Job had to battle the seemingly plausible counsel of the wicked, who reasoned that God must not see or care, since the righteous seem to fare poorly while the wicked seem to be getting along quite well.  “Depart from us.  We do not desire the knowledge of your ways.  What is the Almighty that we should serve Him?  And what profit do we get if we pray to Him? (Job 21:14-16).  “What does God know?  Can He judge through the deep darkness?  Thick clouds veil Him, so that He does not see, and He walks on the vault of heaven. . . . Depart from us.  What can the Almighty do to us?”  (Job 22:13-18).  The strength of this argument of the wicked is in their seeming success.  Since it appears that God is not following through with His threats, the wicked tell each other what they want to hear.  Unknown to them is the fact that God has given them over to their folly: “So I gave them over to their stubborn hearts, to follow their own counsels” (Psalm 81.12).    For a good example of this see the story of Rehoboam in 1 Kings 12:1-19.


Where does the counsel of the wicked come from?

  • Our own hearts—“But they did not obey or incline their ear, but walked in their own counsels and the stubbornness of their evil hearts, and went backward and not forward.” “The heart is deceitful above all things, and desperately sick; who can understand it?” (Jeremiah 7:24; 17:9).
  • Impatience—“They did not wait for His counsel. But they had a wanton craving in the wilderness” (Psalm 106:13b-14a). Example: Saul’s impetuous offering – 1 Samuel 13:8-15
  • Demons – “I will confound their counsel; and they will inquire of the idols and the sorcerers, and the mediums and the necromancers” (Isaiah 19:3). “Stand fast in your enchantments and your many sorceries, with which you have labored from your youth; perhaps you may be able to succeed; perhaps you may inspire terror. You are wearied with your many counsels; let them stand forth and save you, those who divide the heavens, who gaze at the stars, who at the new moons make known what shall come upon you. Behold, they are like stubble; the fire consumes them; they cannot deliver themselves from the power of the flame. No coal for warming oneself is this, no fire to sit before! Such to you are those with whom you have labored, who have done business with you from your youth; they wander about, each in his own direction; there is no one to save you” (Isaiah 47.12-15). “But if you have bitter jealousy and selfish ambition in your hearts, do not boast and be false to the truth. This is not the wisdom that comes down from above, but is earthly, unspiritual, demonic. For where jealousy and selfish ambition exist, there will be disorder and every vile practice” (James 3:14-16).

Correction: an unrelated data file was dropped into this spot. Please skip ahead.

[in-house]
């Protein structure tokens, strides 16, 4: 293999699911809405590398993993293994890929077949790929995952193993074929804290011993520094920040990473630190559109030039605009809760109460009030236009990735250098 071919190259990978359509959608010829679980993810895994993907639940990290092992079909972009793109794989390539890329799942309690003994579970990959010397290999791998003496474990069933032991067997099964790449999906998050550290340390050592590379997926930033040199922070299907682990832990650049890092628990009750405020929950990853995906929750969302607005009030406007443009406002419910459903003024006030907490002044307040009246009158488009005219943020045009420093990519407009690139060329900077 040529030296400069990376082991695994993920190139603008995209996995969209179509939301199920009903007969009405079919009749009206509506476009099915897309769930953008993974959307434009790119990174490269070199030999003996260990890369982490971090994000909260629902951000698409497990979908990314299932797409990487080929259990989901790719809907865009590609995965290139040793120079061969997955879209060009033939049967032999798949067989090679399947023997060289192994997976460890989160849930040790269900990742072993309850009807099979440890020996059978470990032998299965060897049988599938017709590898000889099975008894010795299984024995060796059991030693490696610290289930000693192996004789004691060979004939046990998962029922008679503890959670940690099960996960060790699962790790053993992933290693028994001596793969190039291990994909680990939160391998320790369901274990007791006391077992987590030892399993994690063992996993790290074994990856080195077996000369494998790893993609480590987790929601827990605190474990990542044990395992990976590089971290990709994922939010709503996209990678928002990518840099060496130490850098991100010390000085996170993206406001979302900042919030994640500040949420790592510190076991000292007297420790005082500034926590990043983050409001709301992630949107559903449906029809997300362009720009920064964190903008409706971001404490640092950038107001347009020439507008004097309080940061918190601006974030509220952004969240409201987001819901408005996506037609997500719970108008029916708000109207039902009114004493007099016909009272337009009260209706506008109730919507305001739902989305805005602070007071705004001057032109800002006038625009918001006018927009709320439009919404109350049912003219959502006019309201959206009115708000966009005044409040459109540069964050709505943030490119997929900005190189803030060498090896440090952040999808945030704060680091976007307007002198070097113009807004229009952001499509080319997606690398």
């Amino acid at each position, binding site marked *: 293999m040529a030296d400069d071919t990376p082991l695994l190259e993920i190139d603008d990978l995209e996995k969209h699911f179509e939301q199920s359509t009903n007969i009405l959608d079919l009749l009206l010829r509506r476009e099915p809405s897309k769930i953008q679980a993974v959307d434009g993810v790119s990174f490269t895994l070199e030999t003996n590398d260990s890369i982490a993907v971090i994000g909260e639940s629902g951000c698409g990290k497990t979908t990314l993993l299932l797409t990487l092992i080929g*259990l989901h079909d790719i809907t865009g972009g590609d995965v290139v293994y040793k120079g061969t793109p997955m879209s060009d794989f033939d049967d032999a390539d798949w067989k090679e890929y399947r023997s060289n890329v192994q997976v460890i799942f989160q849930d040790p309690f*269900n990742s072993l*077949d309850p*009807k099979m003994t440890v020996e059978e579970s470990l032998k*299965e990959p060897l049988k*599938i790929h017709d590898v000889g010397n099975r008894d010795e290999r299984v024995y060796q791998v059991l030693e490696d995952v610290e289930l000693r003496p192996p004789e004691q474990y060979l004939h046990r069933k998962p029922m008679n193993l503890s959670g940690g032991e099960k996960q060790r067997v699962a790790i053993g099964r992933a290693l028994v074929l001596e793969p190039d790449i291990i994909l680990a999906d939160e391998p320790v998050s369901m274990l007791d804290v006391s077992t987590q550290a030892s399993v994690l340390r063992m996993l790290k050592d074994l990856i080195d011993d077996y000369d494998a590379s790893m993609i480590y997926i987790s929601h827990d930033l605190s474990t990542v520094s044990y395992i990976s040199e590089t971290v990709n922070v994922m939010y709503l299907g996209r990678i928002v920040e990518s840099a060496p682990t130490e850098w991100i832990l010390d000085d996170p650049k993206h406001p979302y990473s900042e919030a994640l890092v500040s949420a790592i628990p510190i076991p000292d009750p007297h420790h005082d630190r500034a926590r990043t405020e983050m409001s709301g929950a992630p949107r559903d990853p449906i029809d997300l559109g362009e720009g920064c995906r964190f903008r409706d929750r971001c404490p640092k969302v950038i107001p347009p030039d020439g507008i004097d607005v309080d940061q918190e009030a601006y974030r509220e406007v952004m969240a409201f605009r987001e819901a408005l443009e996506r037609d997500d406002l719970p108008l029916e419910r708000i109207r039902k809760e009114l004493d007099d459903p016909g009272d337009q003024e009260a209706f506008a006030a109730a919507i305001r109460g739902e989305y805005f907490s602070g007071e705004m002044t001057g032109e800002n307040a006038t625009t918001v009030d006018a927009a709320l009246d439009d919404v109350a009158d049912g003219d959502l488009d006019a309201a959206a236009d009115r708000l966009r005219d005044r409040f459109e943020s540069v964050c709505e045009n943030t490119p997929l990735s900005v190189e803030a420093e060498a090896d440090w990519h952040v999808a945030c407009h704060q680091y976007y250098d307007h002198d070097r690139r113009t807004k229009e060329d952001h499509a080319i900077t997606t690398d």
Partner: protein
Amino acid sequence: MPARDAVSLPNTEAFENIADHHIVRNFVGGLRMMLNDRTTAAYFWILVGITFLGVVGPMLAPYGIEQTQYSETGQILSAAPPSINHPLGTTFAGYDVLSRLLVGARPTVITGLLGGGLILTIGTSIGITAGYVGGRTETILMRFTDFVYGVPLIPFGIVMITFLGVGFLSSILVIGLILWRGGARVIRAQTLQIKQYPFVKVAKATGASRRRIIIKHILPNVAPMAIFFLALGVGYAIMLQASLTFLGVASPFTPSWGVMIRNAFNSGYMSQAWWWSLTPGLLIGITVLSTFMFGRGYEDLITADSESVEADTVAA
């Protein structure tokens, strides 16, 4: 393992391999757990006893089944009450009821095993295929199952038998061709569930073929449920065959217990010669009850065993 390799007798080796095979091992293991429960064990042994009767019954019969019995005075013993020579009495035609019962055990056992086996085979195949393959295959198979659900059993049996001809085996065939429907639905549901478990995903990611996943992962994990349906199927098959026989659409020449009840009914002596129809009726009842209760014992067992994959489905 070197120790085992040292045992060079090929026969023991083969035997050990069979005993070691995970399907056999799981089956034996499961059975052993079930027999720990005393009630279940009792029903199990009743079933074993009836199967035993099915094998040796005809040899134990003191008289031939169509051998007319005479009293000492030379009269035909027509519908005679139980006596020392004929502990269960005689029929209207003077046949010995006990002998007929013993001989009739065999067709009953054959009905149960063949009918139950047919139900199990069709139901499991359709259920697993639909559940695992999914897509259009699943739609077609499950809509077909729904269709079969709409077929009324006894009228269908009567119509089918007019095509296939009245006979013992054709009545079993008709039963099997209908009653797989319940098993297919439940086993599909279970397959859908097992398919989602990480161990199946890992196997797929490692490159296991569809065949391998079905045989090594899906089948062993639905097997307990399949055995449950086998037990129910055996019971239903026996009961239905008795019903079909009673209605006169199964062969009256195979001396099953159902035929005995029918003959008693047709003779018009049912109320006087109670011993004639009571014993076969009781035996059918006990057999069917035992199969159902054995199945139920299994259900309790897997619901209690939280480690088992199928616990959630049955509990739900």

• Unregenerate hearts – Read 1 Corinthians 1-2

Where does the counsel of the wicked lead?

  • Opposition to the Word of God –“After Amaziah came from striking the Edomites, he brought the gods of the men of Seir and set them up as his gods and worshiped them, making offerings to them. Therefore the Lord was angry with Amaziah and sent to him a prophet, who said to him, ‘Why have you sought the gods of a people who did not deliver their own people from your hand?’ But as he was speaking, the king said to him, ‘Have we made you a royal counselor? Stop! Why should you be struck down?’ So the prophet stopped, but said, ‘I know that God has determined to destroy you, because you have done this and have not listened to my counsel.’” – Indeed, Amaziah was captured by Joash; and the temple treasury and all the kings treasuries were plundered and taken to Samaria (2 Chronicles 25.14-16). “They had rebelled against the words of God, and spurned the counsel of the Most High” (Psalm 107:11).
  • Rebellion against God and Crucifixion of Christ—“The rulers take counsel together against the Lord and against His anointed” (Psalm 2:2). “Then the chief priests and the elders of the people gathered in the palace of the high priest, whose name was Caiaphas, and plotted together in order to arrest Jesus by stealth and kill Him” (Matthew 26:3-4).“When morning came, all the chief priests and the elders of the people took counsel against Jesus to put Him to death” (Matthew 27:1). “Now the chief priests and the elders persuaded the crowd to ask for Barabbas and destroy Jesus” (Matthew 27:20).